Posted on

do male cannabis seeds come from female buds

Only a female marijuana plant makes flowers/buds that contain a usable amount of THC. Male marijuana plants only make pollen to fertilize the females with. Most growers will throw away any male plants that they encounter to keep them from fertilizing the female plants. If your female plants do get fertilized, they will use all their energy to produce seeds instead of making buds. This is good if you want seeds, but you will run into the same problem since half of the seeds will also be male.

Getting clones of female marijuana plants or buying feminized seeds online from a seed bank are other ways you can ensure that all your marijuana plants are female.

If you would like to start a breeding program to make your own hybrids, I recommend using a method that creates all-female (feminized) seeds so that you don't waste time having to identify and throw out male plants.

If you don't have a choice of seeds, and some of your seeds may be male (like if you just found seeds) than you will want to get your plants to reveal their gender right away so you don't have to waste time and energy on male plants.

The roots grow down from the main stalk of the plant into the soil. When growing from a seed, the main root is called the “taproot.” Roots are the lifelines of a cannabis plant, pulling water and oxygen into the plant so it can grow healthy and strong.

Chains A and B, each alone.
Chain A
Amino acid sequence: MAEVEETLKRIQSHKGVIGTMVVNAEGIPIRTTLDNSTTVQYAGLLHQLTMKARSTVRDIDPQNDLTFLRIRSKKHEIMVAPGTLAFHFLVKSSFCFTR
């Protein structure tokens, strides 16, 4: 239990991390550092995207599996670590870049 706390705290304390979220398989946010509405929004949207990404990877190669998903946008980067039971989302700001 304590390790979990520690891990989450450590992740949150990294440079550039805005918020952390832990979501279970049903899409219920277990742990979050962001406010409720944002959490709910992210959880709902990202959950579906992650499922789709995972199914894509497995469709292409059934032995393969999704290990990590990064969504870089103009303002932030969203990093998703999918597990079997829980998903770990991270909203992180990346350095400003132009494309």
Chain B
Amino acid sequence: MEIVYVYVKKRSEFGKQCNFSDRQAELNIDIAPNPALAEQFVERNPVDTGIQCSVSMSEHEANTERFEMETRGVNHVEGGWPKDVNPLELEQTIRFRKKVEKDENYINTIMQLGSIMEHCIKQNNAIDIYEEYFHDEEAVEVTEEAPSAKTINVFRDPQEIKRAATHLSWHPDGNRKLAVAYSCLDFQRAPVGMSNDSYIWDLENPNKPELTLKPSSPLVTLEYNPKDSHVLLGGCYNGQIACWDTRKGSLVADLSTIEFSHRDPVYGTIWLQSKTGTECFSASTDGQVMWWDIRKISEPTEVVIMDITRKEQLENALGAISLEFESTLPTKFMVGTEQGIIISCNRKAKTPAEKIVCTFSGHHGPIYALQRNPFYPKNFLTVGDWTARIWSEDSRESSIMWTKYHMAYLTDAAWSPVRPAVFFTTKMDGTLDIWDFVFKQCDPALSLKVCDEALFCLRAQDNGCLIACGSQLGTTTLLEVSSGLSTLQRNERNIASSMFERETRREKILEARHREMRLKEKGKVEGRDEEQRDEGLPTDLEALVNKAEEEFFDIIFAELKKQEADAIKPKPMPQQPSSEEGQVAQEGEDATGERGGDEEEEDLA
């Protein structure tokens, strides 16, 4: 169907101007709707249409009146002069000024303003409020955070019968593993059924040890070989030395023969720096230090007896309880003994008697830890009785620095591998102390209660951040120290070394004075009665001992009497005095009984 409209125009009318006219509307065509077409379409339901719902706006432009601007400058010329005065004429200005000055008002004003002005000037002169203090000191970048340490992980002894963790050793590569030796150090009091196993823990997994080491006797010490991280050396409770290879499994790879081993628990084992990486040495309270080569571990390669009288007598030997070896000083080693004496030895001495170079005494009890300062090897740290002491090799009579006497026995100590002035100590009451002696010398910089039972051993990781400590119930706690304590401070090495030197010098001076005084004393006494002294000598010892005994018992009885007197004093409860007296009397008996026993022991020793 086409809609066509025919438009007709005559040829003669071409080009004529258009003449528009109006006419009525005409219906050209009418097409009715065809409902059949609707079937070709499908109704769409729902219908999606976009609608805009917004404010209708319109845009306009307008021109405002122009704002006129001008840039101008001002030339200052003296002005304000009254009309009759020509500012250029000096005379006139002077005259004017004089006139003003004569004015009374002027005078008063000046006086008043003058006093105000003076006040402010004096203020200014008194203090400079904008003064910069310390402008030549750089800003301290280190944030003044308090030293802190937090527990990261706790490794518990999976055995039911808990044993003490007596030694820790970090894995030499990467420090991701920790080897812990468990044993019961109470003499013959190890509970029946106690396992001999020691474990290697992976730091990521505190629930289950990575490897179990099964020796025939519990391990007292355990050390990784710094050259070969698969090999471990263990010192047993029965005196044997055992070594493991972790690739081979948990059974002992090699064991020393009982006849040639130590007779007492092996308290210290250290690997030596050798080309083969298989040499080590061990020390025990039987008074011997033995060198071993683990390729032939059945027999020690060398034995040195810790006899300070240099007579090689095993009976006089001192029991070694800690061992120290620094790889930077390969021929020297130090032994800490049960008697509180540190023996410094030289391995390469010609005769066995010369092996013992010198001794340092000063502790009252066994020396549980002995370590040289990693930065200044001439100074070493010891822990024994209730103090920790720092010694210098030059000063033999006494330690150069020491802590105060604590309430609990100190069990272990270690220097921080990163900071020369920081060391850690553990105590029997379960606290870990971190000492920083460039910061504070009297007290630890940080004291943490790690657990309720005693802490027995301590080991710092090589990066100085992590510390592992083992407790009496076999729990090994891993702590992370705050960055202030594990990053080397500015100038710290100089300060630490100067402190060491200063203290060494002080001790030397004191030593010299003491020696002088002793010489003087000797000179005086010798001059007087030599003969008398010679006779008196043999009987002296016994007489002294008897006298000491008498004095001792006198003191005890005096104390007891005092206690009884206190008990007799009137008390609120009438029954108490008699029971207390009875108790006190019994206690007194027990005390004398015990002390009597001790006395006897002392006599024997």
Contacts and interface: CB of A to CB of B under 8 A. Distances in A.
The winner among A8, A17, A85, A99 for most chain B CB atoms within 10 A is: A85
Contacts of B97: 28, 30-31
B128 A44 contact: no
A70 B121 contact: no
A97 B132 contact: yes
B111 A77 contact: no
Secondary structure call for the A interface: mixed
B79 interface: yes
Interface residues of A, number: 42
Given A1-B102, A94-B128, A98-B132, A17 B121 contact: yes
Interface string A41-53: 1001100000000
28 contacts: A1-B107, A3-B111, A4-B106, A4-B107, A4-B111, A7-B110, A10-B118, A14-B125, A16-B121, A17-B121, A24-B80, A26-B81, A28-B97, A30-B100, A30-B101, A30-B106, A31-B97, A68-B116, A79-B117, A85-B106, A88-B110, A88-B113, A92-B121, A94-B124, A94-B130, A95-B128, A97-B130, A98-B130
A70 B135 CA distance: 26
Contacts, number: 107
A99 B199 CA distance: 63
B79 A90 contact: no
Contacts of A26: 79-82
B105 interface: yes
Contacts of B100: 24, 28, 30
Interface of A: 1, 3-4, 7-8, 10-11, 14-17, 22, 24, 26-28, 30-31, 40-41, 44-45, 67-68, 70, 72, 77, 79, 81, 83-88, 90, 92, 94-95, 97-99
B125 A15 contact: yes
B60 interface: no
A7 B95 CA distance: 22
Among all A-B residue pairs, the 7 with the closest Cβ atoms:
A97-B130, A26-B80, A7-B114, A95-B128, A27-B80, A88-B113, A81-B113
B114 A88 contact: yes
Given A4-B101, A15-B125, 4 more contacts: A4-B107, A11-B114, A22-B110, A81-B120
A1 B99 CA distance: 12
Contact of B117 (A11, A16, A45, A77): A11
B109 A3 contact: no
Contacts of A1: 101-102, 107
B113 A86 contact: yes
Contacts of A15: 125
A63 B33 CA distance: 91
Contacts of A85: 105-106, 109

Branches grow out of the main stem and support fan leaves and buds. Growers often train a cannabis plant by topping branches to create more bud sites.

Seeds

The stigmas of the pistil begin with a white coloration and progressively darken to yellow, orange, red, or brown over the course of the plant’s maturation. They play an important role in reproduction, but stigmas bring very little to the flower’s potency and taste.

Female cannabis plants receive pollen from males to produce seeds, which will carry on the genetics of both plants to the next generation.

A cola, also called a “bud site,” refers to a cluster of buds that grow tightly together. While smaller colas occur along the budding sites of lower branches, the main cola—sometimes called the apical bud—forms at the top of the plant.